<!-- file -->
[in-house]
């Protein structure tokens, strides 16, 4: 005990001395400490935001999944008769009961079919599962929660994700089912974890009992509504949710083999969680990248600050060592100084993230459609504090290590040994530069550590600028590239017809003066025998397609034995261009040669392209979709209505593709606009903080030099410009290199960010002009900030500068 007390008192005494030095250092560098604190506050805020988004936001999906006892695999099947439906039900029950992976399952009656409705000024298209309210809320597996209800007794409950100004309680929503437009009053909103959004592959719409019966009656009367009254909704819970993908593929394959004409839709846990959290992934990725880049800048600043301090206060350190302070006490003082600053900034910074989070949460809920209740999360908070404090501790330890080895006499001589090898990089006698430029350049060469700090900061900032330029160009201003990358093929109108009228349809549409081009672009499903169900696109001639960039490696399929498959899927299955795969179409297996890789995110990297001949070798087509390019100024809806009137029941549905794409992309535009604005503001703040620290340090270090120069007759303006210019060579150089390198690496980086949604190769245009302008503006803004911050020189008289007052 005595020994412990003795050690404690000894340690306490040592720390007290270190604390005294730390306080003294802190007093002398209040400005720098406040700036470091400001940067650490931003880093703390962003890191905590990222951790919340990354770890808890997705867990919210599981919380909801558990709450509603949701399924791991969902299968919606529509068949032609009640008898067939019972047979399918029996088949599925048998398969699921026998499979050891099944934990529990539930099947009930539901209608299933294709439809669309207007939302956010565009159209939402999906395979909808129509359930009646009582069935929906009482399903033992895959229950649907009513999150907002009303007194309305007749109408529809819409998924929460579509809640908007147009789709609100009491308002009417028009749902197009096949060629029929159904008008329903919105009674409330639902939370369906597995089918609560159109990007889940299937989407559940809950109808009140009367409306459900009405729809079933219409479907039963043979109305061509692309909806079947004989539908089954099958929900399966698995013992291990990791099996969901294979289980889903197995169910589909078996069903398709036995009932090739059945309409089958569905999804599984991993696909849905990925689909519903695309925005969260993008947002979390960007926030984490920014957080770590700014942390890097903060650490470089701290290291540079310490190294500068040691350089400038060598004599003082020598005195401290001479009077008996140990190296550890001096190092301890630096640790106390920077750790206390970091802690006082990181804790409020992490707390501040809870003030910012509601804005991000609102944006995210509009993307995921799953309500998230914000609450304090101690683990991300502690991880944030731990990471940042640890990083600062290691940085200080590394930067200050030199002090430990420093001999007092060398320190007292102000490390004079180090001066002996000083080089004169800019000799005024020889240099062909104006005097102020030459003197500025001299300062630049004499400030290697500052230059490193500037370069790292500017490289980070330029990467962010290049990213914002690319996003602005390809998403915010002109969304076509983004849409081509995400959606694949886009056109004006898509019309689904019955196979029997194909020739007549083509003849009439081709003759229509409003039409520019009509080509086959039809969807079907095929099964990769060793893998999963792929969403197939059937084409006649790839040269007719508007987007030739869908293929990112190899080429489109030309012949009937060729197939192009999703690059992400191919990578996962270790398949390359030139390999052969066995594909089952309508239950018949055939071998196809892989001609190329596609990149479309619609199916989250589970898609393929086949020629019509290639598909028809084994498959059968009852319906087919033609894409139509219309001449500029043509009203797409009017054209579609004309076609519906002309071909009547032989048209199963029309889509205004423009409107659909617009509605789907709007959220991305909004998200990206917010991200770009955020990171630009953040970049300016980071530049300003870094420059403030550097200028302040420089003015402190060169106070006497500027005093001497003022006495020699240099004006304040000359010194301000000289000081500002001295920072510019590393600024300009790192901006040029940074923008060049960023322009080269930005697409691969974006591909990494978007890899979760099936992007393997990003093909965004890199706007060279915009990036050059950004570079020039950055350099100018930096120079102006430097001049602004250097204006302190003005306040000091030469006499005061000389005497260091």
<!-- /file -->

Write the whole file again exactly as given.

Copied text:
[in-house]
């Protein structure tokens, strides 16, 4: 005990001395400490935001999944008769009961079919599962929660994700089912974890009992509504949710083999969680990248600050060592100084993230459609504090290590040994530069550590600028590239017809003066025998397609034995261009040669392209979709209505593709606009903080030099410009290199960010002009900030500068 007390008192005494030095250092560098604190506050805020988004936001999906006892695999099947439906039900029950992976399952009656409705000024298209309210809320597996209800007794409950100004309680929503437009009053909103959004592959719409019966009656009367009254909704819970993908593929394959004409839709846990959290992934990725880049800048600043301090206060350190302070006490003082600053900034910074989070949460809920209740999360908070404090501790330890080895006499001589090898990089006698430029350049060469700090900061900032330029160009201003990358093929109108009228349809549409081009672009499903169900696109001639960039490696399929498959899927299955795969179409297996890789995110990297001949070798087509390019100024809806009137029941549905794409992309535009604005503001703040620290340090270090120069007759303006210019060579150089390198690496980086949604190769245009302008503006803004911050020189008289007052 005595020994412990003795050690404690000894340690306490040592720390007290270190604390005294730390306080003294802190007093002398209040400005720098406040700036470091400001940067650490931003880093703390962003890191905590990222951790919340990354770890808890997705867990919210599981919380909801558990709450509603949701399924791991969902299968919606529509068949032609009640008898067939019972047979399918029996088949599925048998398969699921026998499979050891099944934990529990539930099947009930539901209608299933294709439809669309207007939302956010565009159209939402999906395979909808129509359930009646009582069935929906009482399903033992895959229950649907009513999150907002009303007194309305007749109408529809819409998924929460579509809640908007147009789709609100009491308002009417028009749902197009096949060629029929159904008008329903919105009674409330639902939370369906597995089918609560159109990007889940299937989407559940809950109808009140009367409306459900009405729809079933219409479907039963043979109305061509692309909806079947004989539908089954099958929900399966698995013992291990990791099996969901294979289980889903197995169910589909078996069903398709036995009932090739059945309409089958569905999804599984991993696909849905990925689909519903695309925005969260993008947002979390960007926030984490920014957080770590700014942390890097903060650490470089701290290291540079310490190294500068040691350089400038060598004599003082020598005195401290001479009077008996140990190296550890001096190092301890630096640790106390920077750790206390970091802690006082990181804790409020992490707390501040809870003030910012509601804005991000609102944006995210509009993307995921799953309500998230914000609450304090101690683990991300502690991880944030731990990471940042640890990083600062290691940085200080590394930067200050030199002090430990420093001999007092060398320190007292102000490390004079180090001066002996000083080089004169800019000799005024020889240099062909104006005097102020030459003197500025001299300062630049004499400030290697500052230059490193500037370069790292500017490289980070330029990467962010290049990213914002690319996003602005390809998403915010002109969304076509983004849409081509995400959606694949886009056109004006898509019309689904019955196979029997194909020739007549083509003849009439081709003759229509409003039409520019009509080509086959039809969807079907095929099964990769060793893998999963792929969403197939059937084409006649790839040269007719508007987007030739869908293929990112190899080429489109030309012949009937060729197939192009999703690059992400191919990578996962270790398949390359030139390999052969066995594909089952309508239950018949055939071998196809892989001609190329596609990149479309619609199916989250589970898609393929086949020629019509290639598909028809084994498959059968009852319906087919033609894409139509219309001449500029043509009203797409009017054209579609004309076609519906002309071909009547032989048209199963029309889509205004423009409107659909617009509605789907709007959220991305909004998200990206917010991200770009955020990171630009953040970049300016980071530049300003870094420059403030550097200028302040420089003015402190060169106070006497500027005093001497003022006495020699240099004006304040000359010194301000000289000081500002001295920072510019590393600024300009790192901006040029940074923008060049960023322009080269930005697409691969974006591909990494978007890899979760099936992007393997990003093909965004890199706007060279915009990036050059950004570079020039950055350099100018930096120079102006430097001049602004250097204006302190003005306040000091030469006499005061000389005497260091």